Choosing my yeses

Last year I started working outside the home. I desperately needed to remember who I am outside of my role as mom and homeschooler. Parenting a child with attachment disorder rocked my world in a way I wasn’t prepared for; motherhood had always felt like my “thing” — what I’m good at, what I feel most fulfilled by, felt called to — but I started to feel like a failure at life because parenting was suddenly so much harder. I’ve even imagined alternative lives I could’ve chosen. Like maybe in a monastery on a farm where I could be in charge of baby goats. Is that a thing? Once upon a time I had two adorable little goats that looked just like this guy and they were SO FUN. Actually, if goat-raising nuns really are a thing, please don’t tell me because I’ll be better off living in ignorance.

choosing yes or no
So cute: I want it!

Working in a field I’ve become passionate about allowed me an escape from being Mom all the time. Although some may not think of personal training or instructing fitness classes as earth-shatteringly life-changing work, I see it as encouraging and equipping others to live their fullest lives. It has given me purpose — and I’m good at it, which is a something I needed to feel again in these tough parenting years.

As a huge bonus, I’ve made friends and connected more deeply in the community. As an introvert, that doesn’t come easily in a new town.

But lately I’ve [re]realized that every yes is also a no.

This “every yes is a no” phrase isn’t new to me but it’s in the category of things that I tend to forget. On days when I’d do classes at two different locations, then personal training sessions, and didn’t even have time for a quick shower before taking a child to therapy after school, I knew something needed to give. Then this post popped up in my feed and the phrase resonated as a much more concise way of explaining what I’d been feeling.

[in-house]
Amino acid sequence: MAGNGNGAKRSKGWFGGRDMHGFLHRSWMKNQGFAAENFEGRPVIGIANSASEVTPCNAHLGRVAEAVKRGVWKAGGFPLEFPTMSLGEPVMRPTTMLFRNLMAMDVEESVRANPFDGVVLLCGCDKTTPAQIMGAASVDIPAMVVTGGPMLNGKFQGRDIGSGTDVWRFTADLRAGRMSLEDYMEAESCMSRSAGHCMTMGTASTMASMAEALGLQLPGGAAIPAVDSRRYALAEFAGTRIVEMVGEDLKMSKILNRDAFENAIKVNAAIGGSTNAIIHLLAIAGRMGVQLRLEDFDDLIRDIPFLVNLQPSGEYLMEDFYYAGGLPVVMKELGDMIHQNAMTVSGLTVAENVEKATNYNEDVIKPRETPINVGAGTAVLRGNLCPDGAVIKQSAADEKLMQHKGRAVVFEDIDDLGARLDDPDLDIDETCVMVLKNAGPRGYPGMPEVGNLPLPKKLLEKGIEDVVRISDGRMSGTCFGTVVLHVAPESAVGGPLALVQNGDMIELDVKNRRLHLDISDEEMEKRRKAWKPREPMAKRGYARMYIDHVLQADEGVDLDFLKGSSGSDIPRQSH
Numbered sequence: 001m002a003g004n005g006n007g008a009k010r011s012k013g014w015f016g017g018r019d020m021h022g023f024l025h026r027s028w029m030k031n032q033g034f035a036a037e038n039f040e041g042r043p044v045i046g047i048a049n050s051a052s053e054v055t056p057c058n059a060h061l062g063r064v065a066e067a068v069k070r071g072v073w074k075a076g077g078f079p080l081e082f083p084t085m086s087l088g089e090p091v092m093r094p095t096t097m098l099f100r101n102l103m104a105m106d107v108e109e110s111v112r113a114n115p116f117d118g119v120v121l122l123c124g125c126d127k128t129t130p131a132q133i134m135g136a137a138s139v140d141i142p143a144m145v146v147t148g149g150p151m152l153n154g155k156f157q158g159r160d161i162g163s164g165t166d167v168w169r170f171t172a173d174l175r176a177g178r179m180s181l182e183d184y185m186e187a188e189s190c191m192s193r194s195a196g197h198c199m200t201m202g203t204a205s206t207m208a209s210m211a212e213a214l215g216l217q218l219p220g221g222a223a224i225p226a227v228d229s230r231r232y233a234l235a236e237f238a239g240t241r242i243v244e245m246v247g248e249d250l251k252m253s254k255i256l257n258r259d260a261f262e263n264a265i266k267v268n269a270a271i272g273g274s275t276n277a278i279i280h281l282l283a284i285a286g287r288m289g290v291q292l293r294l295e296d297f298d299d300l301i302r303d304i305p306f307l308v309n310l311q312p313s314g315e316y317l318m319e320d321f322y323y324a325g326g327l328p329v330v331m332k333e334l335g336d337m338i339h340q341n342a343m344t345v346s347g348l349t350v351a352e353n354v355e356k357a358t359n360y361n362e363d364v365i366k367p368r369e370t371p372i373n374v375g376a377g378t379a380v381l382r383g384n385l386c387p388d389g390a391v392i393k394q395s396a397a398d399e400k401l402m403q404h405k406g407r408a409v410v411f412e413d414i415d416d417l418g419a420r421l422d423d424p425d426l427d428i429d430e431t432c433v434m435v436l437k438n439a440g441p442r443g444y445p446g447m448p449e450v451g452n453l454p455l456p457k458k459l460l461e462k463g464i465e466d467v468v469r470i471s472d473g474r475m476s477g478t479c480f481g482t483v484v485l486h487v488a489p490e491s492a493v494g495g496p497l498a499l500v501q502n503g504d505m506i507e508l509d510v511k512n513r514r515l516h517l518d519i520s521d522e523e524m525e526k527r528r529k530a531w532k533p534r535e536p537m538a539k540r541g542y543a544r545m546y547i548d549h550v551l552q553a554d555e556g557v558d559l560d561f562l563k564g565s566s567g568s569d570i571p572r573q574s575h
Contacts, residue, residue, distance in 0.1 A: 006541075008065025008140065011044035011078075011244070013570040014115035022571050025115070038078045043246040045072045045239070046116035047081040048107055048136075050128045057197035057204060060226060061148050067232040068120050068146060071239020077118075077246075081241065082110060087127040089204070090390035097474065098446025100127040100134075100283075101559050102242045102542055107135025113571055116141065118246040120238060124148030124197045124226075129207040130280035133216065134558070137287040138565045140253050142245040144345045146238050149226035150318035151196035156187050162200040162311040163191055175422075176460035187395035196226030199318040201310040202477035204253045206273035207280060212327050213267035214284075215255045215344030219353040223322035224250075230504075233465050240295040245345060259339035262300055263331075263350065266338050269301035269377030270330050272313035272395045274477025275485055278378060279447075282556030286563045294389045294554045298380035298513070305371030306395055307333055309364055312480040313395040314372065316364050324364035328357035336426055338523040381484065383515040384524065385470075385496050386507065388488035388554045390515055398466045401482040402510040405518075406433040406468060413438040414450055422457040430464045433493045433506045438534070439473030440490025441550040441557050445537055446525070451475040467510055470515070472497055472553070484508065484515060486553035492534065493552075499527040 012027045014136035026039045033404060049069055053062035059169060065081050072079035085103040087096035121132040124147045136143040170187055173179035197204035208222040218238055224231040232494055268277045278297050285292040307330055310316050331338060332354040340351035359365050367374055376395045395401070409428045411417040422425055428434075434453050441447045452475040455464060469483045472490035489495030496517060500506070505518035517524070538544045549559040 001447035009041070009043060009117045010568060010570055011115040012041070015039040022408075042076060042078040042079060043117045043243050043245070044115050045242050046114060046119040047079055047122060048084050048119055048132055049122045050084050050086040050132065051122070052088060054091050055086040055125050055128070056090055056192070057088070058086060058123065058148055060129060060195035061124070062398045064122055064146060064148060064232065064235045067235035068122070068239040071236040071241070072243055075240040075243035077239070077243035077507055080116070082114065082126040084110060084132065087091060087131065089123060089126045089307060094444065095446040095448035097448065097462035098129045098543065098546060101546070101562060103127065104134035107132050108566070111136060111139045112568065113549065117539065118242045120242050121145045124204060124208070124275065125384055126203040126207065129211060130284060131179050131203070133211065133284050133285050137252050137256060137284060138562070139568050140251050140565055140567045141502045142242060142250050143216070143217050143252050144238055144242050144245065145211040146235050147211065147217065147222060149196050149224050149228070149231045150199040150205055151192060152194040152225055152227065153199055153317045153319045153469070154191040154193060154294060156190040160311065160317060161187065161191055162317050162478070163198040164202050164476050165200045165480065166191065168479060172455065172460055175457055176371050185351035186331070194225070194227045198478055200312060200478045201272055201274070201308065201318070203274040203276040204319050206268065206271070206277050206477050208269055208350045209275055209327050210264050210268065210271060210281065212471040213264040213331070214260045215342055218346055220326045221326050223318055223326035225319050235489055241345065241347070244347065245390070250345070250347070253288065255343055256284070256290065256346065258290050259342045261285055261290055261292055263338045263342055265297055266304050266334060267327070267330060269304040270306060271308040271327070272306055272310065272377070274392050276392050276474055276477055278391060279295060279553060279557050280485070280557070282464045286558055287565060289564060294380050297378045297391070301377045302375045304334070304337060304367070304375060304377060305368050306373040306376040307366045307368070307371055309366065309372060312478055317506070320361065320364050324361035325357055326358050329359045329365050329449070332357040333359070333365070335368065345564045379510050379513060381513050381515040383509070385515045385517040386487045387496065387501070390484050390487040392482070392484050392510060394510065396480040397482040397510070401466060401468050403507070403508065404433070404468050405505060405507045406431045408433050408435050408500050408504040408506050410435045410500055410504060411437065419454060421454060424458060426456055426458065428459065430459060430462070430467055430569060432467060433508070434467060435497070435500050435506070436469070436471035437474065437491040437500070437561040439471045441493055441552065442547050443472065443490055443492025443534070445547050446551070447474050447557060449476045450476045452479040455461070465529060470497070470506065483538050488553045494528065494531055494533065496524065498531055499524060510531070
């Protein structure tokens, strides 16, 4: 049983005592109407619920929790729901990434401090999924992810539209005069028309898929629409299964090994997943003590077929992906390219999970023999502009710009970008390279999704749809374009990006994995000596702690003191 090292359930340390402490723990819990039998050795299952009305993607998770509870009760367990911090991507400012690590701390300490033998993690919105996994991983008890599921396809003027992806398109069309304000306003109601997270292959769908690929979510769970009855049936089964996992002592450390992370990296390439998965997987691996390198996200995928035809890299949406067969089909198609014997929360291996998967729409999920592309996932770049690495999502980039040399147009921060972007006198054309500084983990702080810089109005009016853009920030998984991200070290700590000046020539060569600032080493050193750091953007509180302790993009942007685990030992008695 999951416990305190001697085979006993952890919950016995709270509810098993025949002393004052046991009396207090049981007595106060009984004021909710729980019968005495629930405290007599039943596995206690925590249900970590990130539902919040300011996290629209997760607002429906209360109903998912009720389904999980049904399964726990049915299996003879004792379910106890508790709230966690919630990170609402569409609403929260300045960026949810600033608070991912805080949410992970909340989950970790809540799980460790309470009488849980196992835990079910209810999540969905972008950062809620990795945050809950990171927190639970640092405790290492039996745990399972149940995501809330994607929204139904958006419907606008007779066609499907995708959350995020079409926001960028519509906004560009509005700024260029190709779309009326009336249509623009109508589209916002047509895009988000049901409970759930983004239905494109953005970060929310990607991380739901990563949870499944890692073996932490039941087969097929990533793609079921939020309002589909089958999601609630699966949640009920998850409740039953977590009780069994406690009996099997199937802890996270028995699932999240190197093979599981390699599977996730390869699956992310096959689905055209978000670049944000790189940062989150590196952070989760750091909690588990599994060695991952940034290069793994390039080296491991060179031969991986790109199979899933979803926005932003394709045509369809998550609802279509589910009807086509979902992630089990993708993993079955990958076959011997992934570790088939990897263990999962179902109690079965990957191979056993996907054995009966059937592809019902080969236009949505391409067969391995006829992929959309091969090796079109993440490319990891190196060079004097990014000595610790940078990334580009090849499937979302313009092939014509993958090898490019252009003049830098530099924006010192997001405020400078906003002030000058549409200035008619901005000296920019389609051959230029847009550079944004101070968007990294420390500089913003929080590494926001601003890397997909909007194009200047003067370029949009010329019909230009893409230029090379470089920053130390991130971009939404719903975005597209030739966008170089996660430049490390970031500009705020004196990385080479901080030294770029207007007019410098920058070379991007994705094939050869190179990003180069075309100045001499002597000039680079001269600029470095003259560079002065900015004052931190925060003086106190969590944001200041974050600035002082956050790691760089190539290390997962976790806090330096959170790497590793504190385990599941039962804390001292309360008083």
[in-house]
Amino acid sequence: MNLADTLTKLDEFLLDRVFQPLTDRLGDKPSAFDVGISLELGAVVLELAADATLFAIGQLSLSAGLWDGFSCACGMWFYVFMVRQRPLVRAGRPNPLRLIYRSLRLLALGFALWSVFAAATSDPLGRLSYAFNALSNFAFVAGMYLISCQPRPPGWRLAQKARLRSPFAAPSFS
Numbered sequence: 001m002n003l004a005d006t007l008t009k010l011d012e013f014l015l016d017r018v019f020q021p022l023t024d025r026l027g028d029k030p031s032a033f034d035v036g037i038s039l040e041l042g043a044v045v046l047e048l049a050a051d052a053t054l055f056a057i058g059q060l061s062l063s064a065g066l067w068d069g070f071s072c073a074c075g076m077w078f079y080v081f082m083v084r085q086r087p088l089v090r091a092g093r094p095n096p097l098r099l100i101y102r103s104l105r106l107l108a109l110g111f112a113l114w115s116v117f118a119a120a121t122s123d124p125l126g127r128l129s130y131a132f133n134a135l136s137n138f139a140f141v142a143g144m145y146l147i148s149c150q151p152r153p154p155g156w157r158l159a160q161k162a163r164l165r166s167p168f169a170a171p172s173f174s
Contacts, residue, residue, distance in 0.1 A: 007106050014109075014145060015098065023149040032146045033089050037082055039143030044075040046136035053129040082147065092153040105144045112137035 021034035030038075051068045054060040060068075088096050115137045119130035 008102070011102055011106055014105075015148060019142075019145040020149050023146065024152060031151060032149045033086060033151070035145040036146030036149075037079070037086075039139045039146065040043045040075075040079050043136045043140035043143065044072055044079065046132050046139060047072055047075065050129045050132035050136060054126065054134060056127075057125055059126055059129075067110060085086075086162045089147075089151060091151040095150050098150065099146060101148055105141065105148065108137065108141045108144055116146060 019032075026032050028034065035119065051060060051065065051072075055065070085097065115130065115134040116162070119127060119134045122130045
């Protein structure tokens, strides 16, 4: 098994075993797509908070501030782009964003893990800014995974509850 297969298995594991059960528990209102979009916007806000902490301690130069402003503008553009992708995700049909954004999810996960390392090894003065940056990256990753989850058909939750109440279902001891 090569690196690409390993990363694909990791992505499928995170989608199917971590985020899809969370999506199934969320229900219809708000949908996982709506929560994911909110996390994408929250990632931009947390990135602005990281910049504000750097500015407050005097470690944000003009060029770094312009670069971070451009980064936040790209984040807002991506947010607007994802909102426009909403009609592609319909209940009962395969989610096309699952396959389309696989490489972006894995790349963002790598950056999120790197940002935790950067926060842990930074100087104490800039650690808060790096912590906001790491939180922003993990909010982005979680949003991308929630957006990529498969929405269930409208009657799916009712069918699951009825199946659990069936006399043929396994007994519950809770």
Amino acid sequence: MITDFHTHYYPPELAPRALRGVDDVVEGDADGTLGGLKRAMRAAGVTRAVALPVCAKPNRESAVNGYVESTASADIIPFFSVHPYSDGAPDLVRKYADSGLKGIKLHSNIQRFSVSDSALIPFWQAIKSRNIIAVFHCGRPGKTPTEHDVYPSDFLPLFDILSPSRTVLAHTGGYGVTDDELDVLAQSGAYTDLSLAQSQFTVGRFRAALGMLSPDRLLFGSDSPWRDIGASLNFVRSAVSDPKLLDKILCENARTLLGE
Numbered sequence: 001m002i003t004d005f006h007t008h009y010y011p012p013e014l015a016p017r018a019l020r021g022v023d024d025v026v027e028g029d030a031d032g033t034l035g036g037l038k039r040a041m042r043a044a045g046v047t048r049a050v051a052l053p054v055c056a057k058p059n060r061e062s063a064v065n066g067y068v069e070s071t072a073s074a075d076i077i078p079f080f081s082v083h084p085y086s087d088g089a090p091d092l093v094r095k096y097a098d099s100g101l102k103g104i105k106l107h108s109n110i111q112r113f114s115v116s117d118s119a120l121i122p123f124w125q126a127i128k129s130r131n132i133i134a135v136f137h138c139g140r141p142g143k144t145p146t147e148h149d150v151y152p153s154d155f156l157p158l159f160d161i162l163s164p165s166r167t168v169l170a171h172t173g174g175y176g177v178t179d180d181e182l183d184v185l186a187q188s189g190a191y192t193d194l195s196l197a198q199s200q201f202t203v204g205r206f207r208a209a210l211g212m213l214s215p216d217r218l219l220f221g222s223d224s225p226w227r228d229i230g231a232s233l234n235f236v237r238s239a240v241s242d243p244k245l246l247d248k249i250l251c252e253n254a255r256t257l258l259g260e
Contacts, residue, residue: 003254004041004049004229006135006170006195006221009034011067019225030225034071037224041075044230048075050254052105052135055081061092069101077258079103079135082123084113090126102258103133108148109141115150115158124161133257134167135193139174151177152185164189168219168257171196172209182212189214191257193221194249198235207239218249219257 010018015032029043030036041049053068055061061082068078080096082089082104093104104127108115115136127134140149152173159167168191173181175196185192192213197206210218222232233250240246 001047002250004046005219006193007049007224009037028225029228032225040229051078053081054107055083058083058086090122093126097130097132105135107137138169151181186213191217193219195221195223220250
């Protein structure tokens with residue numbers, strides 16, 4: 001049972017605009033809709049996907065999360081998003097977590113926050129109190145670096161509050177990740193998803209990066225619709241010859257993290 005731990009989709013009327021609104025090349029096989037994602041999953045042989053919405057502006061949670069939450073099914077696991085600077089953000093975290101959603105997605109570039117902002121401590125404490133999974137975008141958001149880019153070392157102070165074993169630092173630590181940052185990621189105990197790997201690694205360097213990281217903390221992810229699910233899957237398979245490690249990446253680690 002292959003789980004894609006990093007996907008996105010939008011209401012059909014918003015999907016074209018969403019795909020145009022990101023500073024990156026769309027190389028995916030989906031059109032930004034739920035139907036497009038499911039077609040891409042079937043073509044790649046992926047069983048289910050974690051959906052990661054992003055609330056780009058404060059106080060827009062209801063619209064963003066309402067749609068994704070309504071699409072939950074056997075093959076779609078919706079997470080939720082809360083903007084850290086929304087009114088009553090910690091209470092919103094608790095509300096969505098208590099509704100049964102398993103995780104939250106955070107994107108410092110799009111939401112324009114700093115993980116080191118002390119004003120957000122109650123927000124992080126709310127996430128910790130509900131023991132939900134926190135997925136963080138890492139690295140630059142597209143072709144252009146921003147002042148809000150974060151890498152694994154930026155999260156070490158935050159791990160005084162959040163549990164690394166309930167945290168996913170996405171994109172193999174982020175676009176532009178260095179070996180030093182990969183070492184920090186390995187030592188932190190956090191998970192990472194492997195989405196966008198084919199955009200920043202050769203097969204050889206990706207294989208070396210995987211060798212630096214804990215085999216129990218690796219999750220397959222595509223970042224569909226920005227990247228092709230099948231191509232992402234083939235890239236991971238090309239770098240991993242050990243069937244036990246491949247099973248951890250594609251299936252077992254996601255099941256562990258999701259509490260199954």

I asked myself: what do I need (and want) to say yes or no to at this point in life?
I add that emphasis at the end of the sentence because choosing certain yeses or nos right now doesn’t mean I’m ruling them out either way in the future, and that’s an important caveat to remember. I enjoy what I’m doing now but I’ve been saying too many NOs to things like:

  • putting in a tiny vegetable garden
  • finally making my flower beds look pretty
  • hours out on the water in my kayak
  • nature studies with my youngest
  • art/creating time with my teen
  • spending time training the dogs so walks are enjoyable
  • play days at the beach and/or park

So once again I’m re-working things. I’ve thought and thought, and talked and talked, and written lists, all in order to decide what is most valuable to me and is the best use of my time at this stage in the life of my family. Many of my current yeses will remain so but some have to go. For instance, I’ll continue to teach my fitness classes but I’ll be backing off personal training.

My thoughts on unschooling haven’t changed (in short: it rocks) but I will be more intentional with what I consider the keys to our homeschool. This is where I need the most room for yeses. It’s just a darn shame our little town doesn’t allow livestock because I could totally say yes to a baby goat.

*adorable goat photo courtesy of